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Impact Bumpers
Ian Comerford

Flexible brake line life?

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Currently looking at jobs I did a while ago that may be in need of doing again and next on the list is the flexi brake lines.  I changed these back in 2001 and fitted Goodridge stainless braided ones. I can’t feel anything wrong with them but given that they can, apparently, swell internally with age and restrict flow is 18 years a good time to replace.  I think the answer is yes as it’s not a difficult or costly job.  There seems to be more choices of braided lines now so would you go Goodridge, Hel or some

Thank you

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HEL ‘coz apparently they are all stainless, unlike Goodridge :twocents:

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Yes. That’s what Hukent said about them.

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Other than the corrosion resistance of stainless, nickel plated steel has better properties for fittings on a brake line. On a daily driver stainless probably wins but on applications subject to frequent clean / inspection plated steel may have the edge.

Most brake component manufacturers spec a maximum life span usually around 10 years. 

With braided hoses, the plastic liners are doing all the work and will degrade over time.

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Pretty sure my Goodridge are all stainless.

It’s an option when ordering as far as I can remember.

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Correct, they do zinc or stainless P=Zinc C=Stainless

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Finally getting around to servicing the brakes.  New flexible lines, fluid, caliper service, adjust handbrake.  

C492A9D2-5D38-4FE9-BA08-B89D534E7A13.jpeg

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Finished all of the above but had a bit of a faff with the bleed nipples.  I’ve got a Halfords Pro 9 and 11mm brake pipe spanner but it’s fairly bulky and whilst you can often get it onto the bleed nipple it’s too big to turn without interfering with other bits of the caliper.  Does anyone know of smaller profile brake pipe spanners? 

Thank you

Ian

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Not sure off the shelf Ian, but ground a brake spanner down to reduce its profile and gave it a bit of a bend too to help fitting.  Not much around the nipple and caliper body.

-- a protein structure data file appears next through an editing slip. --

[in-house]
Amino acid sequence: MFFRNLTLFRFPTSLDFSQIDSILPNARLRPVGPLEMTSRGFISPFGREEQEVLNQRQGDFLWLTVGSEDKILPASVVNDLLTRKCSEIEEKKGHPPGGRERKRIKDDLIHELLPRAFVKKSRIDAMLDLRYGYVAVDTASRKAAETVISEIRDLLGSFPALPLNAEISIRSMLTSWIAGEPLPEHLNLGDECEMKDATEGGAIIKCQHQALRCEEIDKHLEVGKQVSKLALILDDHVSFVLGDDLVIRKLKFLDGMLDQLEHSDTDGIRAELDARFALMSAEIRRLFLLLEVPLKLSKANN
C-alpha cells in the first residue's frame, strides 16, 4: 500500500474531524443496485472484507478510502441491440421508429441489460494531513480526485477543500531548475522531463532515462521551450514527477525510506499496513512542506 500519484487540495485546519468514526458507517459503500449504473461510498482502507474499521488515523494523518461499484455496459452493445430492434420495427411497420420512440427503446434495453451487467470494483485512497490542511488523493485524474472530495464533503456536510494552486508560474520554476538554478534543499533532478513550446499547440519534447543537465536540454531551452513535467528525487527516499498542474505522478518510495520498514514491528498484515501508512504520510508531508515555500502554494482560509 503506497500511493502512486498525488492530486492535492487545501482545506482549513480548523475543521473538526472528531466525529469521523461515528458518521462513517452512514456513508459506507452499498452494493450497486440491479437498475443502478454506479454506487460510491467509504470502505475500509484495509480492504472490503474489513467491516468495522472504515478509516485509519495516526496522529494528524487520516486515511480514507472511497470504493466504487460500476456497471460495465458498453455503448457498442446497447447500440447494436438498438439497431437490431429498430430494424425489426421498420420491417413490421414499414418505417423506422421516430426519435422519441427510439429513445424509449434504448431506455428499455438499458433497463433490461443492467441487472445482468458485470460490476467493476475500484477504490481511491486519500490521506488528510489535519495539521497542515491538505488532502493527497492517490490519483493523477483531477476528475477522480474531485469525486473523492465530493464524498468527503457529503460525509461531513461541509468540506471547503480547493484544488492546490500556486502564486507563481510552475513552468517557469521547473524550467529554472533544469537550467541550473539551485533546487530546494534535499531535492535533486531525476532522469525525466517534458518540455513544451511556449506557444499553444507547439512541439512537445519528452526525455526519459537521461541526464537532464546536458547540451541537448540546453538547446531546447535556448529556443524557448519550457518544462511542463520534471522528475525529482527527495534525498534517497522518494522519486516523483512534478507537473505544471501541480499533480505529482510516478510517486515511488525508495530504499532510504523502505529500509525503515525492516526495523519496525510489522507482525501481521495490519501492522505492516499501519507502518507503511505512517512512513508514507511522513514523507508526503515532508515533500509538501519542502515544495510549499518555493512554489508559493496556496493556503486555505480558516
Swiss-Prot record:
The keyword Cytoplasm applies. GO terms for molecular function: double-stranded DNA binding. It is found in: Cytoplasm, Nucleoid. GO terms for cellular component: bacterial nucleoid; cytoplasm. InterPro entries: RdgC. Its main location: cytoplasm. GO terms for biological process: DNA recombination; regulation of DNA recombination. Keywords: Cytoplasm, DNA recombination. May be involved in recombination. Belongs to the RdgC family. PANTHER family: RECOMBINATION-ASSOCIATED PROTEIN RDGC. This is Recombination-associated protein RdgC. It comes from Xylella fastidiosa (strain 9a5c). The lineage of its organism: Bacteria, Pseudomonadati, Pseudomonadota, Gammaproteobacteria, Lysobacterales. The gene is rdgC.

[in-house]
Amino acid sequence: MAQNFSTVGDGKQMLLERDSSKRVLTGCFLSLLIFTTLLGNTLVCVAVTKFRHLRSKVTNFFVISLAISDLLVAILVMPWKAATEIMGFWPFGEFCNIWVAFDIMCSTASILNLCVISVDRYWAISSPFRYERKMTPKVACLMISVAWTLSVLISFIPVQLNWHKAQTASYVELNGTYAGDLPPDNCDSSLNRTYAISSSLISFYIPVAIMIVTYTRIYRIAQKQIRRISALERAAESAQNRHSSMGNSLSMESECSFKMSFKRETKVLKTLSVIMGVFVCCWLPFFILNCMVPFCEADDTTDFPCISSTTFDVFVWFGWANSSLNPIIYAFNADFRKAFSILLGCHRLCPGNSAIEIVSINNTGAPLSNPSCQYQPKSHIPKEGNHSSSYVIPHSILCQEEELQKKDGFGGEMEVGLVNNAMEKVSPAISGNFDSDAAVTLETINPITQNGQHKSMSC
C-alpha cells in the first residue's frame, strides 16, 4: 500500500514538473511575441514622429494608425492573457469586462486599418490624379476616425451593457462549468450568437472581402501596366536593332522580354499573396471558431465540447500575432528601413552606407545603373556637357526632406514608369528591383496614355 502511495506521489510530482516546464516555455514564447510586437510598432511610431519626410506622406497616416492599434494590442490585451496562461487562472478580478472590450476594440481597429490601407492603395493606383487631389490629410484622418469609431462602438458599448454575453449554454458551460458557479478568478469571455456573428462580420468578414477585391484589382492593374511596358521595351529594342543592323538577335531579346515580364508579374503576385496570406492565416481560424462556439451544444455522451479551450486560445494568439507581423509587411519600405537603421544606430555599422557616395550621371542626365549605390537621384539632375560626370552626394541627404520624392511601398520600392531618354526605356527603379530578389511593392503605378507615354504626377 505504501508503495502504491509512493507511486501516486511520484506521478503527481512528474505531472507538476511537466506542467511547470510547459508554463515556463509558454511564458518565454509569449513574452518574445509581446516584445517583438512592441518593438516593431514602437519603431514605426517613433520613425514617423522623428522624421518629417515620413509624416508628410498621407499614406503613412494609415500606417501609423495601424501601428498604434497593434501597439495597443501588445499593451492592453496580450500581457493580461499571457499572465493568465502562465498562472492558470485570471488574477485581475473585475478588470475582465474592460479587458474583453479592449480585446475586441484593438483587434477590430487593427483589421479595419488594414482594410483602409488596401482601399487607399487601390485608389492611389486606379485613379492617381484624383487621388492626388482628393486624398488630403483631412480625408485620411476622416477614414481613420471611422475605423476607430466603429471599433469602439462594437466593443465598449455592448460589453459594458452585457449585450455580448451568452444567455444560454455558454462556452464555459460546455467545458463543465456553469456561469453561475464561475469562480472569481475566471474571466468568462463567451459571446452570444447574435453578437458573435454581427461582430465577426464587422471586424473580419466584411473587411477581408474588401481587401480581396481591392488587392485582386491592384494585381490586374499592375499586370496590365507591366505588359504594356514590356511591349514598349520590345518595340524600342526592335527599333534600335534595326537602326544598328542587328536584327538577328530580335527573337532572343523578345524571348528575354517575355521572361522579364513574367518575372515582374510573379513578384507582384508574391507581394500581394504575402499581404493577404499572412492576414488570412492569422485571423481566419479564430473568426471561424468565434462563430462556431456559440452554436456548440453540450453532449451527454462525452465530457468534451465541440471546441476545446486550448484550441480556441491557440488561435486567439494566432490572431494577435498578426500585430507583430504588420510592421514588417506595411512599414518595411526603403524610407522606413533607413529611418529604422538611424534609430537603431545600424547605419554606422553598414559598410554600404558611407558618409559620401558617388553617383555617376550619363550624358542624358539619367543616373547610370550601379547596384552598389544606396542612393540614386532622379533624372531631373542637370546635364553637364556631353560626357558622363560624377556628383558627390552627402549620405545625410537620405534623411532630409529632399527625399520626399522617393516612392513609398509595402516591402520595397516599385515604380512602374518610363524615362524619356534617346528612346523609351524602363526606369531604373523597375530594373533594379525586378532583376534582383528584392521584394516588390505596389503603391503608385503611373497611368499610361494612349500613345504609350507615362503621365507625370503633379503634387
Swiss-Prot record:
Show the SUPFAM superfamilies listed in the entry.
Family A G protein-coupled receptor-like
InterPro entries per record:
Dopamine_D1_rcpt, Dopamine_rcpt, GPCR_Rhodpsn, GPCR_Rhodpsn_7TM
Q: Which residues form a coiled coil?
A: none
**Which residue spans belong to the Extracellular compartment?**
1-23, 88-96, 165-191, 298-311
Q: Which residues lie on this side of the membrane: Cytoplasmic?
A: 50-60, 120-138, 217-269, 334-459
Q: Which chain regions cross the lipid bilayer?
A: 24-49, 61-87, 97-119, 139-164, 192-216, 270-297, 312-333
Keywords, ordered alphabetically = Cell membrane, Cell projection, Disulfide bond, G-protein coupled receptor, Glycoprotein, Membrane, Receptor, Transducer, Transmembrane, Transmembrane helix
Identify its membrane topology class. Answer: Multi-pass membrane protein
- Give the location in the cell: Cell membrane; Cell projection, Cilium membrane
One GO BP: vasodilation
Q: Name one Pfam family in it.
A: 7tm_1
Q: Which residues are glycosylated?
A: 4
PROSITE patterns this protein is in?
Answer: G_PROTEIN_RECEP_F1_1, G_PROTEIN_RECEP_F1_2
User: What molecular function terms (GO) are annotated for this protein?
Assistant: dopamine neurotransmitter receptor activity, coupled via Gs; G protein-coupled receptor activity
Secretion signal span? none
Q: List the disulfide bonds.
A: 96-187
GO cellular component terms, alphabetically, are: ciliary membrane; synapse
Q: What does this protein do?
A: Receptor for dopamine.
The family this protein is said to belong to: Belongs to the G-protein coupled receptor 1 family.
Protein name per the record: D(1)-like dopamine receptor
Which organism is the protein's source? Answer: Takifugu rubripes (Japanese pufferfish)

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12 hours ago, Ian Comerford said:

Thanks Nige, appreciated.

Are SC calipers different to those on the 3.2?

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Same ATE caliper but with a fatter spacer in the middle to accommodate a thicker disc.

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9 minutes ago, Nige said:

Same ATE caliper but with a fatter spacer in the middle to accommodate a thicker disc.

& larger diameter pistons for the rear

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I’ve got 3.2 calipers and discs

12 hours ago, Chris_911 said:

Are SC calipers different to those on the 3.2?

Why do you ask Chris?

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10 hours ago, Ian Comerford said:

I’ve got 3.2 calipers and discs

Why do you ask Chris?

I was trying to recall whether I had experienced any issues with bleed nipple access with my brakes. I didn't think I had. I think I have a set of Bergen tools.

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1 hour ago, Ian Comerford said:

Bergen tools?

Yes.

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Is there a specific Bergen tool that has made opening and closing the brake nipples easier and if is what is different about it?

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Give the cast body a gentle dose of heat - gas torch if you are confident or hot air gun if not.

Crack the bleed nipple open with  good fitting six sided socket. Then go back to an open / bleed spanner to do the job.

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If you are having trouble with the bleed nipples then you haven’t been changing your brake fluid regularly....:smash:

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20 hours ago, Dr Rock said:

If you are having trouble with the bleed nipples then you haven’t been changing your brake fluid regularly....:smash:

Every two to three years as usual.  The difficulty is in opening and closing the nipple with a bleed tube attached.

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Need some pics I think - I don't have a car to go and check :(

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Posted (edited)
5 hours ago, Ian Comerford said:

The difficulty is in opening and closing the nipple with a bleed tube attached.

I use a small ring spanner, avoids any chance of rounding the flats.

After initial loosening to just closed,  put the ring spanner on with the handle orientated to allow half a turn to open/close, then put the bleed tube on. The bleed tube clamps the ring spanner in place. Works for me OK on both ends of the SC and 3.2 and also on the Boxster fronts now on the 3.2.

Mark

Edited by SilverWT

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